“I think we all understand how expensive health care has become,” Texas State Representative Linda Harper-Brown told audience members at the Irving Health Care Summit held Sep. 21 at the Four Seasons Resort in Las Colinas. Sponsored by the Texas Conservative Coalition Research Institute (TCCRI), the gathering was the first of three to be held across the state to solicit debate and discussion about Medicaid and the changes faced under the Patient Protection and Affordable Care Act (commonly referred to as “Obamacare”).
TCCRI will focus on three key goals according to Harper-Brown, who is President of the non-profit coalition.
“I think we have the right idea in Texas, about not expanding Medicaid,” Harper-Brown said. “In the current state budget, Medicaid is the second-largest expenditure, behind education. That is just not sustainable, not only for us, but for other states around the country. If you advocate for this, you are in fact advocating for increasing the national debt.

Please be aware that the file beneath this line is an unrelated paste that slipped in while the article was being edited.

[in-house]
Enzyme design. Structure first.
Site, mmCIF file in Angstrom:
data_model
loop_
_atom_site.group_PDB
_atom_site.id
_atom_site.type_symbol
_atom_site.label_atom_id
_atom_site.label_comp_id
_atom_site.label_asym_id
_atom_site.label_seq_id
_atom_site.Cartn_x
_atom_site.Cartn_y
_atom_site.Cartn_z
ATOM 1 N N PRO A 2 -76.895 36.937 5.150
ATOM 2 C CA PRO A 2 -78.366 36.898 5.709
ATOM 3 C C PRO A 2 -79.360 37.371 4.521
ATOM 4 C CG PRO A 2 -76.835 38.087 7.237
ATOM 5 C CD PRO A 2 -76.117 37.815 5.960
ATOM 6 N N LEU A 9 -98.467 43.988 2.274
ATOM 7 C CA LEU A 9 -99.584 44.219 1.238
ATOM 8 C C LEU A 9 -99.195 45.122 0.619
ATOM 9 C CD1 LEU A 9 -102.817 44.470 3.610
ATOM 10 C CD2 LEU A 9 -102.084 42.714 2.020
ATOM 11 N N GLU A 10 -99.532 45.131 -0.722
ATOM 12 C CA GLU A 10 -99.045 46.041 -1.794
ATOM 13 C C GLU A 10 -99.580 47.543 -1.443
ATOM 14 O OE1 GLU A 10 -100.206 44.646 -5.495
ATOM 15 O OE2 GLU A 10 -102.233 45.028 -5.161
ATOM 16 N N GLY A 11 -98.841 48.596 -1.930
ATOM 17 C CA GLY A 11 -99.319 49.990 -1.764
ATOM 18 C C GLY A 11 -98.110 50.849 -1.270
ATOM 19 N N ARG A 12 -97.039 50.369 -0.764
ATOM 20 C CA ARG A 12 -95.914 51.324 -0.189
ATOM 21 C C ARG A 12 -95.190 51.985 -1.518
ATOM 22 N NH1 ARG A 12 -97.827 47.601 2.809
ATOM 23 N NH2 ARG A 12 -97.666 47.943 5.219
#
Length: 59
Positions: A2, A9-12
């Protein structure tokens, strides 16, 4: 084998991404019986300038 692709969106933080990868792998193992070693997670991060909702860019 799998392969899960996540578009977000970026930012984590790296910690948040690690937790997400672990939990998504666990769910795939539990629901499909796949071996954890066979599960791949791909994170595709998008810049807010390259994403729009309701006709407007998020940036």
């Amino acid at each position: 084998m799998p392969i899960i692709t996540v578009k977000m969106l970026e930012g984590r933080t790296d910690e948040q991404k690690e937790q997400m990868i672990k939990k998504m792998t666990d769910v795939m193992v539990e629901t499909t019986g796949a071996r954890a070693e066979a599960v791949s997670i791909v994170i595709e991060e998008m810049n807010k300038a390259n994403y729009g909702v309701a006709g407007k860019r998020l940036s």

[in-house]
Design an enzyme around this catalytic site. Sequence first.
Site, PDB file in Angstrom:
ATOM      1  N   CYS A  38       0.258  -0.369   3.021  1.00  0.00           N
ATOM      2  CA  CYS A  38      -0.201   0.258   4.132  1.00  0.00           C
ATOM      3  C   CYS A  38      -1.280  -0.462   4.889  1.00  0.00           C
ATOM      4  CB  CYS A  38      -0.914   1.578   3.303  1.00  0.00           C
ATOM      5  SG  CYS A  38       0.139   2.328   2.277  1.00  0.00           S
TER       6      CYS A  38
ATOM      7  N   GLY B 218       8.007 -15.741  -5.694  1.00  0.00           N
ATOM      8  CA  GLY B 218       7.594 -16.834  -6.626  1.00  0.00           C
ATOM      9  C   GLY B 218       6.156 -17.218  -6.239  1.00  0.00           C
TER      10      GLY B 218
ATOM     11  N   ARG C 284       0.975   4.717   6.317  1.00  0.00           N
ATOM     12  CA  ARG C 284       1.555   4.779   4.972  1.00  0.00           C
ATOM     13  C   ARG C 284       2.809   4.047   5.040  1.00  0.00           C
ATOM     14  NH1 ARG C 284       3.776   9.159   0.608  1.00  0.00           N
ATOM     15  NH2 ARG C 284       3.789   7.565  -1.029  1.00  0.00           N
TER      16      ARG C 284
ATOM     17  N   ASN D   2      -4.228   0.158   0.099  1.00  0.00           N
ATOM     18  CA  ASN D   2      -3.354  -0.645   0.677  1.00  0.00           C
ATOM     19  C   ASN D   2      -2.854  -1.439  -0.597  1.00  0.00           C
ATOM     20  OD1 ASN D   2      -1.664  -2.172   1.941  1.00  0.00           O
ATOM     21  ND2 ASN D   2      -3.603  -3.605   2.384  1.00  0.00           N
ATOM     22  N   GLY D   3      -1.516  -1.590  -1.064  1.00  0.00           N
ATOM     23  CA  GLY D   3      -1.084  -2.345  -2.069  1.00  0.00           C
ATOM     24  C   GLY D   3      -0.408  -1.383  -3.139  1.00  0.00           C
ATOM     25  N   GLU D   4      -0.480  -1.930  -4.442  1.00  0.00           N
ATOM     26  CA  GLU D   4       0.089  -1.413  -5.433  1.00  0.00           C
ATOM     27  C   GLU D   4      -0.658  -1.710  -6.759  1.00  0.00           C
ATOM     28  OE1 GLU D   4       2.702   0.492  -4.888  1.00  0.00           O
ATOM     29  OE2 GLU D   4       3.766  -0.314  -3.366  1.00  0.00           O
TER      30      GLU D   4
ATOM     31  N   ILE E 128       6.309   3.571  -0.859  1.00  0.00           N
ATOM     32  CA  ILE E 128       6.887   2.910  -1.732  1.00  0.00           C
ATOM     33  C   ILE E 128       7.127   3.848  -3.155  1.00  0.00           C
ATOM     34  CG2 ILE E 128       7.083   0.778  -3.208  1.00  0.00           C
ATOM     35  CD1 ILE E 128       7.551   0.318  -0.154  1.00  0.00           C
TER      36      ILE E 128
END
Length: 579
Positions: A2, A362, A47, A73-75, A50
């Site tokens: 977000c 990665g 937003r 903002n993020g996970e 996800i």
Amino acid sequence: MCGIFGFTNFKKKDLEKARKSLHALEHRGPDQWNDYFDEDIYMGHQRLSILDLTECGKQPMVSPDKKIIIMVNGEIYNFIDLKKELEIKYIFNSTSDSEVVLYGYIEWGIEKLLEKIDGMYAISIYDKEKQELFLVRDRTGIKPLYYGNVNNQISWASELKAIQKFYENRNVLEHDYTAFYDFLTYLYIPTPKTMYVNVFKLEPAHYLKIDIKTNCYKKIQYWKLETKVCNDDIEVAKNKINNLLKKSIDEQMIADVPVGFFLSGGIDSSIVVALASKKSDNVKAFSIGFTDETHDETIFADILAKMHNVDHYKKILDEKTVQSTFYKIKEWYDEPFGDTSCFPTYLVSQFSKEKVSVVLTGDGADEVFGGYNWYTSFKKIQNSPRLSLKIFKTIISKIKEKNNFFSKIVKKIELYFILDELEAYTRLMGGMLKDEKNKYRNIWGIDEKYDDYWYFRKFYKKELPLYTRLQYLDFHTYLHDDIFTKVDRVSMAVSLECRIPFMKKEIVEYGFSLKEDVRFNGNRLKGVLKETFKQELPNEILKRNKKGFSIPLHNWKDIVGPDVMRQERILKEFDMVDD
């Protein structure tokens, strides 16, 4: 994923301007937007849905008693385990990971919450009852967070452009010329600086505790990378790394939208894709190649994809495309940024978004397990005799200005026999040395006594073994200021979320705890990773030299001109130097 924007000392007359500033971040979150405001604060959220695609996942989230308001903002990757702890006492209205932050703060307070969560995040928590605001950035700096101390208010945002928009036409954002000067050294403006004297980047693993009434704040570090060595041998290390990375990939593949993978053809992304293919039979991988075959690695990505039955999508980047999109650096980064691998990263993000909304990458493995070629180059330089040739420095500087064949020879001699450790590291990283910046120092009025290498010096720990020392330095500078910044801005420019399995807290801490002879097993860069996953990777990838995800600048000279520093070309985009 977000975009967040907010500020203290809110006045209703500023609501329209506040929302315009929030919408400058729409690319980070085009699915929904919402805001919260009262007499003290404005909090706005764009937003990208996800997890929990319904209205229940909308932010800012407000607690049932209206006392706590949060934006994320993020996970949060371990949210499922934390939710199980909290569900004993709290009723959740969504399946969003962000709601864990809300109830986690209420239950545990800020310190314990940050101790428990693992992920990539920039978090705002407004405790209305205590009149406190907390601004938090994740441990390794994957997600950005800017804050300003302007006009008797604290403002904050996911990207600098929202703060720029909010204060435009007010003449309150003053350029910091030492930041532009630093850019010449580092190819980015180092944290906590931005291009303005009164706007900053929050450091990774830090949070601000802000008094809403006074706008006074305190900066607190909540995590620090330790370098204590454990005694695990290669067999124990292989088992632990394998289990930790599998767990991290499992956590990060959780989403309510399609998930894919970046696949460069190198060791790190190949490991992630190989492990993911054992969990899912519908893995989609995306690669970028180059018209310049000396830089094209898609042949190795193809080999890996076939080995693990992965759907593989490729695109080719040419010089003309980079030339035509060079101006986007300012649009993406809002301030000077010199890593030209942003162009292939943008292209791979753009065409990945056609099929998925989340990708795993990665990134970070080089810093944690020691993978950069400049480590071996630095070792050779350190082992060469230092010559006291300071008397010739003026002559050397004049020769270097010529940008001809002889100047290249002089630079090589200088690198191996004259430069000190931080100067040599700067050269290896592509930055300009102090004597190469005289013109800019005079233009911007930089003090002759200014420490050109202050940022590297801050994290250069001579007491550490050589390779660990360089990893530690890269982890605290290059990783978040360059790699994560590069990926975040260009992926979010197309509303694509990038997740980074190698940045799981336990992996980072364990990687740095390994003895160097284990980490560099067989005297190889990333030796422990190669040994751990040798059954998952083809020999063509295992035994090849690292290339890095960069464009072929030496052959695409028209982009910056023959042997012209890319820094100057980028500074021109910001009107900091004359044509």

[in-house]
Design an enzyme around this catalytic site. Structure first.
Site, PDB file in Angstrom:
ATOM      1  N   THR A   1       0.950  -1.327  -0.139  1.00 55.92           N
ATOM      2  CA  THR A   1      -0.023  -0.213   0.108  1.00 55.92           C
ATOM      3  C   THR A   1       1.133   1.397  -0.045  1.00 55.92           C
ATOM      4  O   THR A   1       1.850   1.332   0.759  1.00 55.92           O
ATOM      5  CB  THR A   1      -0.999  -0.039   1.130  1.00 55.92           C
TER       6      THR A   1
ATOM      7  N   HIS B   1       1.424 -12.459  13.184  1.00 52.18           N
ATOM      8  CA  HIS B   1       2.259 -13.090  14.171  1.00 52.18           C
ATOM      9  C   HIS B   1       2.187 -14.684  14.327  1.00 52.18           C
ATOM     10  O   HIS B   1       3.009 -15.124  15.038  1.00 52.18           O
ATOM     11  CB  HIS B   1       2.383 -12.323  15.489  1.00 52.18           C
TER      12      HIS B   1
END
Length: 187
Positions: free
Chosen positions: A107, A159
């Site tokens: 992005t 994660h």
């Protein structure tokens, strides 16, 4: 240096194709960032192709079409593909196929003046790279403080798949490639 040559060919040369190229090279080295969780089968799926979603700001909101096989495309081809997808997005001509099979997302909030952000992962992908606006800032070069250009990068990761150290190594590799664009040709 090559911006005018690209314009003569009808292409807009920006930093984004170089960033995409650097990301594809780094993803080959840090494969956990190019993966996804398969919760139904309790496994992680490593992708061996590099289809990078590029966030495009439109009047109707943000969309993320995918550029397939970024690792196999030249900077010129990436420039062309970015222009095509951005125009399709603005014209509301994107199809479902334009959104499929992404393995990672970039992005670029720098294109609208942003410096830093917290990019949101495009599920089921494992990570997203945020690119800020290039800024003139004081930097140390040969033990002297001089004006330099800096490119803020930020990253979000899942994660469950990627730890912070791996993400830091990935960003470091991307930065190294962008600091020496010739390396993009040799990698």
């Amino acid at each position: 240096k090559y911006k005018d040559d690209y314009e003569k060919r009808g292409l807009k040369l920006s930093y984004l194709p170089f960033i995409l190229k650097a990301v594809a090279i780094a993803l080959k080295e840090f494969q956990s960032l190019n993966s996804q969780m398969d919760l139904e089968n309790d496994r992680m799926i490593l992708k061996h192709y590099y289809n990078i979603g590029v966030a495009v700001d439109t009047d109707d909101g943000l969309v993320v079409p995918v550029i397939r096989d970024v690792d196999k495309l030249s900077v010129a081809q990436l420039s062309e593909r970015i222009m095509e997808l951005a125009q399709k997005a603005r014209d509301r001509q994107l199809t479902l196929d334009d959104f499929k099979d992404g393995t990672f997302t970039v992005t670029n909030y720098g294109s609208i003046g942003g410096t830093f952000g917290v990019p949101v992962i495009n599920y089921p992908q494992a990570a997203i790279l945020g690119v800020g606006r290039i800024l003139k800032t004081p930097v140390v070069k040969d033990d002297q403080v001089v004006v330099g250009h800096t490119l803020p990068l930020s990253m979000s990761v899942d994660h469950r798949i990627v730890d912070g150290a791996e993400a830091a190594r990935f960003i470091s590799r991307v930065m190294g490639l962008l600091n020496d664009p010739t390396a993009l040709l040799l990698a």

“Second, we must redouble our efforts to pursue cost containment, such as [creating] a block grant of Medicaid funds, removing the strings attached, so that we could be innovative with our Medicaid program. Wouldn’t it be nice if each individual state could determine on their own how to spend their Medicaid dollars, and determine that based on the needs of each state, versus what the federal government tells you that you have to do?
“Clearly there is a great deal of fraud within Medicaid and the cheaters are skimming substantial resources. We’ve all seen reports about the abuses in billing for dental care in Texas - paying out more than all of the other top ten states combined.